Brazil’s Praça Onze: Samba and Maxixe Were Born Here

    Has there ever been a public space in Brazil more emblematic than Praça Onze de
    Junho? This defunct square at the heart of the Cidade Nova in Rio de Janeiro is
    celebrated as the birthplace of the maxixe and the samba and one of the
    cradles of choro.

    It was here that “Pelo Telefone” was composed.


    It was here that the escolas de samba first began parading at carnaval.


    It is here that the Passarela do Samba (aka Sambódromo) and the Terreirão do Samba are located, in a vast wasteland of urban decay.



    “Boêmios” by Heitor dos Prazeres

    No other square is lauded or mourned in so many popular songs.
    Yet the entire history of this cherished spot comprises no more than ninety years.

    The physical square is gone, but its spirit remains. This is the first vignette in a series that may become a concise history of a place that lives on in the imagination.

    Aside from Sinhô’s “A Favela Vai Abaixo” (1928), which mentions the Cidade Nova (“Vou morar na Cidade Nova pra voltar meu coração para o morro da Favela”), the earliest songs I was able to find about Praça Onze date from the 1930s, when the square was in its heyday.


    The first samba is a typically carefree malandro manifesto with a strong maxixe flavor, swearing off any tenderness toward the opposite sex. In contrast, the characters in the second and third sambas yearn for love, but things haven’t turned their way.

    Na Praça Onze
    (Gonçalves de Oliveira; 1931)

    Sou enfezado
    Eu sou mesmo da coroa
    E essa gente da Gamboa
    Só me olha com respeito

    Não tenho amor
    Minha amante é a navalha
    Eu sou filho da canalha
    Para amar, não tenho jeito

    Na Praça Onze de Junho
    Entrei na roda de um samba
    Com o meu pandeiro em punho
    Eu tirei carta de bamba
    [bis]

    A minha sina
    í‰ viver assim sozinho
    E ter raiva do carinho
    De qualquer bicho de saia

    Por isso mesmo
    Eu procuro a minha morte
    Eu sou filho da gandaia
    No amor não tenho sorte

    Na Praça Onze de Junho
    Entrei na roda de um samba
    Com o meu pandeiro em punho
    Eu tirei carta de bamba
    [bis]

    Samba recorded by Teobaldo Marques da Gama
    and released on Parlophon 13.260-A in January1931.


    Carmen Miranda

    Here is the oft-heard tale of the abandoned woman, whose former lover is now the one who suffers while she gloats in revenge.

    Ao Voltar do Samba
    (Synval Silva; 1934)

    Oh Deus
    Eu me acho tão cansada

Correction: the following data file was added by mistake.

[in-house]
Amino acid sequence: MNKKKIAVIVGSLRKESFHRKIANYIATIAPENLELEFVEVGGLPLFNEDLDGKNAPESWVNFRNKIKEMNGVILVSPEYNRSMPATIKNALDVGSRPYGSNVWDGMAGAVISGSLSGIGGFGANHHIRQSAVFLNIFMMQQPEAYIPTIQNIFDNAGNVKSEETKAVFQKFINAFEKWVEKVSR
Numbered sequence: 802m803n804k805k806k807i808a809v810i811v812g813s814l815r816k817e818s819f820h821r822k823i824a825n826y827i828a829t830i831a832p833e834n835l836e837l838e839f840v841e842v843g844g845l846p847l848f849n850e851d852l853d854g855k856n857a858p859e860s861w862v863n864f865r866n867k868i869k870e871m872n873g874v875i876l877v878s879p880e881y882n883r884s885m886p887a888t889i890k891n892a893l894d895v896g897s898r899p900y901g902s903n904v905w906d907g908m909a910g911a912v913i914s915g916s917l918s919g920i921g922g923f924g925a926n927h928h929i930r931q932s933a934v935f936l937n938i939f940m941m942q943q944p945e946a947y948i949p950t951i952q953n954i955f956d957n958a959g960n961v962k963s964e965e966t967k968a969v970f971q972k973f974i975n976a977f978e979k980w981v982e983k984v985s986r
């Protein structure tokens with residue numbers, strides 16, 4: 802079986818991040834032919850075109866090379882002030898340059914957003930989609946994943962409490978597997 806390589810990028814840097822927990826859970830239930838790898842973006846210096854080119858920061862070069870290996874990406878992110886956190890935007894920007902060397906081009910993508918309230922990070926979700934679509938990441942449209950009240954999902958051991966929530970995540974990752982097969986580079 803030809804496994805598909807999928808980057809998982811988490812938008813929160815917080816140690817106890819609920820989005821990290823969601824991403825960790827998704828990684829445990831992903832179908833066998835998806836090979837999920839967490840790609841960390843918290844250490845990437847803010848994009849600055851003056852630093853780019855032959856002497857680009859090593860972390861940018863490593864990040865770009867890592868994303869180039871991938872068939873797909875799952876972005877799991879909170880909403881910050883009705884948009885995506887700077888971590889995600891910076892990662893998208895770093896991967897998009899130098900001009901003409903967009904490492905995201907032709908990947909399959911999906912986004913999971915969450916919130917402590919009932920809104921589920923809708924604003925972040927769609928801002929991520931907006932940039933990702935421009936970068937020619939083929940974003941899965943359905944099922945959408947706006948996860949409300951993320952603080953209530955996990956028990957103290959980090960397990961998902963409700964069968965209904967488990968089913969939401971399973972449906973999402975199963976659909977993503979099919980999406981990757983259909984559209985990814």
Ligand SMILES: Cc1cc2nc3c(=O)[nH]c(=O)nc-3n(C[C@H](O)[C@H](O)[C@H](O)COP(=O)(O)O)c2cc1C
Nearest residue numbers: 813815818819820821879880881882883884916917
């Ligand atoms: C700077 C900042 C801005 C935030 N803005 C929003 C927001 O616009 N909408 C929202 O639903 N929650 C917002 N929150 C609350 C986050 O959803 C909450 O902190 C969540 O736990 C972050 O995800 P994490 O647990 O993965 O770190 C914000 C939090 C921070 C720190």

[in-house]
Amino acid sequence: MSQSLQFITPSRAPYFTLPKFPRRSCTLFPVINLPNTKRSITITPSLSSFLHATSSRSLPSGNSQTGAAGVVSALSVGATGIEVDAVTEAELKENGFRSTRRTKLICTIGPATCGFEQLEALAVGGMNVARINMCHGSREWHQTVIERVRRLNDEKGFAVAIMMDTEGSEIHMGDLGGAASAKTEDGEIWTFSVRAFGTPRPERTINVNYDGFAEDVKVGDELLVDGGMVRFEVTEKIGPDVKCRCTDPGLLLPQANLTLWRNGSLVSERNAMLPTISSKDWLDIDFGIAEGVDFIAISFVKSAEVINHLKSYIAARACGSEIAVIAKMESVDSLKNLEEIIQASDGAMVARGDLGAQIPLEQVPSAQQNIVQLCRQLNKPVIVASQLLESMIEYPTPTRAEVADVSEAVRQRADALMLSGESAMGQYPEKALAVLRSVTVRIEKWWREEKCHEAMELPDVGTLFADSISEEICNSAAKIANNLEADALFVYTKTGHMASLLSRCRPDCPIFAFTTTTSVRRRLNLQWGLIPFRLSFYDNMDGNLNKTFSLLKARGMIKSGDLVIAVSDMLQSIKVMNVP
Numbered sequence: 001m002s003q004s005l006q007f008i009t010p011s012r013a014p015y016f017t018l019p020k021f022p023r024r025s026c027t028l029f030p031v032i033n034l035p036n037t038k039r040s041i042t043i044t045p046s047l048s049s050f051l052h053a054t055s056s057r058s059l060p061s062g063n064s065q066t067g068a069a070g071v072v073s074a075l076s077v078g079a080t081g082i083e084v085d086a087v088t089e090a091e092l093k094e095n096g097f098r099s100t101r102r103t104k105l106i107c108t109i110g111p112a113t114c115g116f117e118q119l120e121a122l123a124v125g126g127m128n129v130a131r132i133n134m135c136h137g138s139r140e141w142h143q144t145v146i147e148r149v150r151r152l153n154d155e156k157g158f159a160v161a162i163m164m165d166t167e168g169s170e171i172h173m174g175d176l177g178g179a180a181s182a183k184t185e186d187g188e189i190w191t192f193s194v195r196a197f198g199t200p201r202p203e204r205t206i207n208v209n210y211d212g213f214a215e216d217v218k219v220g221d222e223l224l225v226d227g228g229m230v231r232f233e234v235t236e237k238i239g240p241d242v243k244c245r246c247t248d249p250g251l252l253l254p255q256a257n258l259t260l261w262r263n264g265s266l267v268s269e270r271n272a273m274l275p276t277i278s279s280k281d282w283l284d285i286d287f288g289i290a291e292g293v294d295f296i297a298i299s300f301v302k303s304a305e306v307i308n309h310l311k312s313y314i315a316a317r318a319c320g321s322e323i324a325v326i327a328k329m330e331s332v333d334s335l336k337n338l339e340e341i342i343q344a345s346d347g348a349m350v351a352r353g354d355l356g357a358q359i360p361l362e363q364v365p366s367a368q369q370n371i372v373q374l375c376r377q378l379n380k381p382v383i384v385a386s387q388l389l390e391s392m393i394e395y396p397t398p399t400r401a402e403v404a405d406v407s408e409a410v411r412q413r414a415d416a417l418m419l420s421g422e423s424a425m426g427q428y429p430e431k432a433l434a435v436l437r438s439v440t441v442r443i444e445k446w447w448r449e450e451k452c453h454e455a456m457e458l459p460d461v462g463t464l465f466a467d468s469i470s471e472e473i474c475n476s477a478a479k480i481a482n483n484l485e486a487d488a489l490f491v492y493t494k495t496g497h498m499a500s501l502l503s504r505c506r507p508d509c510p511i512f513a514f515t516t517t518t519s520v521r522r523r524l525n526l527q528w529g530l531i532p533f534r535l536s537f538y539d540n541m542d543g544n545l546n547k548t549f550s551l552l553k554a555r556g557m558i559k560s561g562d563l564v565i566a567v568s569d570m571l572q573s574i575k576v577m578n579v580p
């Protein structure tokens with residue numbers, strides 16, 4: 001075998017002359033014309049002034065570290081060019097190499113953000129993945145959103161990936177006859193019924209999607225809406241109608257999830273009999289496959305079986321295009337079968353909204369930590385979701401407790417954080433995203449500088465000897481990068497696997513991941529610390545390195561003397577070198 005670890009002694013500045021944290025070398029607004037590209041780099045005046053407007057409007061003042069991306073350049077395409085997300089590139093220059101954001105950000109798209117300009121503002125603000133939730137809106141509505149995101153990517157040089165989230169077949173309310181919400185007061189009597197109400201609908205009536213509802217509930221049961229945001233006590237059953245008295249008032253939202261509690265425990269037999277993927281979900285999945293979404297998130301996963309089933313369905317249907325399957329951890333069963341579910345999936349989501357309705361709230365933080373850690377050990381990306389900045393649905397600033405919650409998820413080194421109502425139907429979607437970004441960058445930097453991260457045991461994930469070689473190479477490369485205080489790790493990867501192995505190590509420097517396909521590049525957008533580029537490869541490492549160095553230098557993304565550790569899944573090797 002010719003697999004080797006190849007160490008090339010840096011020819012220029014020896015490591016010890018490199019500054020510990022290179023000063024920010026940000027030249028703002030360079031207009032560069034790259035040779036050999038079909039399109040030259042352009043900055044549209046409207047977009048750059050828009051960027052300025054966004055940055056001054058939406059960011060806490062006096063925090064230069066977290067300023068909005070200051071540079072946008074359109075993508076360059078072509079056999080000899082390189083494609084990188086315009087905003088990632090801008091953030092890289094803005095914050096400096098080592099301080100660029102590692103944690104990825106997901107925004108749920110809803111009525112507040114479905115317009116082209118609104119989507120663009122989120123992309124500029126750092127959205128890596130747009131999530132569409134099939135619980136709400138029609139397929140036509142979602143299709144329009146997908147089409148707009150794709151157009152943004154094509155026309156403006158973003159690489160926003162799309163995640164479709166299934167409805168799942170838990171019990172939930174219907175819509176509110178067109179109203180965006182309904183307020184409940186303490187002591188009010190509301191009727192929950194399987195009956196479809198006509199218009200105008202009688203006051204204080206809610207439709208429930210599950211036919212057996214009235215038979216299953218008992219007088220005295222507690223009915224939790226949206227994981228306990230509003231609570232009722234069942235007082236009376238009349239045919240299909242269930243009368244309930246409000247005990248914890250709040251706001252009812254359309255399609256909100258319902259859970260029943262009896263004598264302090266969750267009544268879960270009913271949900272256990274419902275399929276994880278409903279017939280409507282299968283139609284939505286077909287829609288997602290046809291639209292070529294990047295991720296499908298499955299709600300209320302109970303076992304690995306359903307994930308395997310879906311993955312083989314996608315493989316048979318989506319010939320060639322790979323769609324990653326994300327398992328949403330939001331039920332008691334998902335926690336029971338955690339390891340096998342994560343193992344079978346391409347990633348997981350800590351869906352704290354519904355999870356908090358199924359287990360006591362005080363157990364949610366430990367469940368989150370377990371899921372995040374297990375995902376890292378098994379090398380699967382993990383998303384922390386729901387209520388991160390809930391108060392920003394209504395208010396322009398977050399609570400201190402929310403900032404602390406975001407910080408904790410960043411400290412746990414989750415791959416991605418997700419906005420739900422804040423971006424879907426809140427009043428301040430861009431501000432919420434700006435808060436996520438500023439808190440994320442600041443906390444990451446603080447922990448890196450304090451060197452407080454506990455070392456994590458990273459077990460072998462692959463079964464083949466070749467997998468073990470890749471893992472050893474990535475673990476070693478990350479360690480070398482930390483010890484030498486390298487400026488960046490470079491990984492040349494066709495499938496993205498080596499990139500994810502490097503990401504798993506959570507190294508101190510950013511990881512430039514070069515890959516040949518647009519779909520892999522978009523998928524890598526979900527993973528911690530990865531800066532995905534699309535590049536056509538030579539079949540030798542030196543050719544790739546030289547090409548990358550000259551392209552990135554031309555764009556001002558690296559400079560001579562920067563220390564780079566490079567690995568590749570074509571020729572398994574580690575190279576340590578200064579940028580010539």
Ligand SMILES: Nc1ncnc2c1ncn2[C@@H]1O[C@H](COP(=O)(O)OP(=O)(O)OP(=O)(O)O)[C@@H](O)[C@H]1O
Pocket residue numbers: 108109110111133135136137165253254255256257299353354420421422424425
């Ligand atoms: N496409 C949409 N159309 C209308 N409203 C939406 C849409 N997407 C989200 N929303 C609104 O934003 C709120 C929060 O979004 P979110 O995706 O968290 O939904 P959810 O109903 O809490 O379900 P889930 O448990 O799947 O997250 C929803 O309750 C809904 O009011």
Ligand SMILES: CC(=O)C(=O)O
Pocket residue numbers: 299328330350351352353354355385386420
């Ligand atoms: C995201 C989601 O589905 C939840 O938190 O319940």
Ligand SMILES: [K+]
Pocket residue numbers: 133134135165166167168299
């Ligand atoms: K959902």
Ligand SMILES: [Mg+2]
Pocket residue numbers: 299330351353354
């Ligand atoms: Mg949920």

Ao voltar da batucada
    Que tomei parte lá na Praça Onze
    Ganhei no samba um arlequim de bronze
    Minha sandália quebrou o salto
    E eu perdi o meu mulato
    Lá no asfalto

    Eu não me interessei em saber
    Alguém veio me dizer
    Que encontrou você se lastimando
    Com lágrimas nos olhos, chorando

    Chora mulato, meu prazer é de te ver sofrer
    Para saber quanto eu te amei
    E quanto eu sofri para te esquecer

    Agora chora mulato, meu prazer é de te ver sofrer
    Para saber quanto eu te amei
    E quanto eu sofri para te esquecer

    Oh Deus
    Eu me acho tão cansada…

    Eu tive amizade a você
    Eu mesmo não sei porquê
    Eu conheci você na roda, sambando
    Com tamborim na mão, marcando

    Agora mulato por você não passo desacato
    Eu vou í  forra e comigo tem
    Ora se tem
    Ou esse ano ou pro ano que vem


    Samba recorded by Carmen Miranda & Grupo do Canhôto
    on 26 March 1934 and released on Victor 33808-A in August 1934.


    The hero of this sentimental torch song bears no bitterness or malice toward the popular morena who ignores him:

    Foi na Praça Onze
    (Max Bulhões/Milton de Oliveira; 1937)

    Foi na Praça Onze
    Que eu te conheci sambando
    A gargalhar…
    Vou lembrando aquele dia
    Em que cheio de alegria
    Quis amor te declarar
    Rindo e cantando,
    Mandaste esperar…

    Sei que nasceste em Mangueira
    E sendo morena faceira
    í‰s a mais querida mulher do lugar
    Se eu sofro do coração
    Porque não me dás atenção
    Deixa um minuto sequer te amar


    Samba recorded by Fausto Paranhos on 22 March 1937
    and released on Victor 34166-B in May 1937.

    Praça Onze in popular song, part 1.

    I’m indebted to the collector Dijalma M. Candido for the recordings.


    You can read more about Brazilian music and culture at
    Daniella Thompson on Brazil here:
    http://daniv.blogspot.com/

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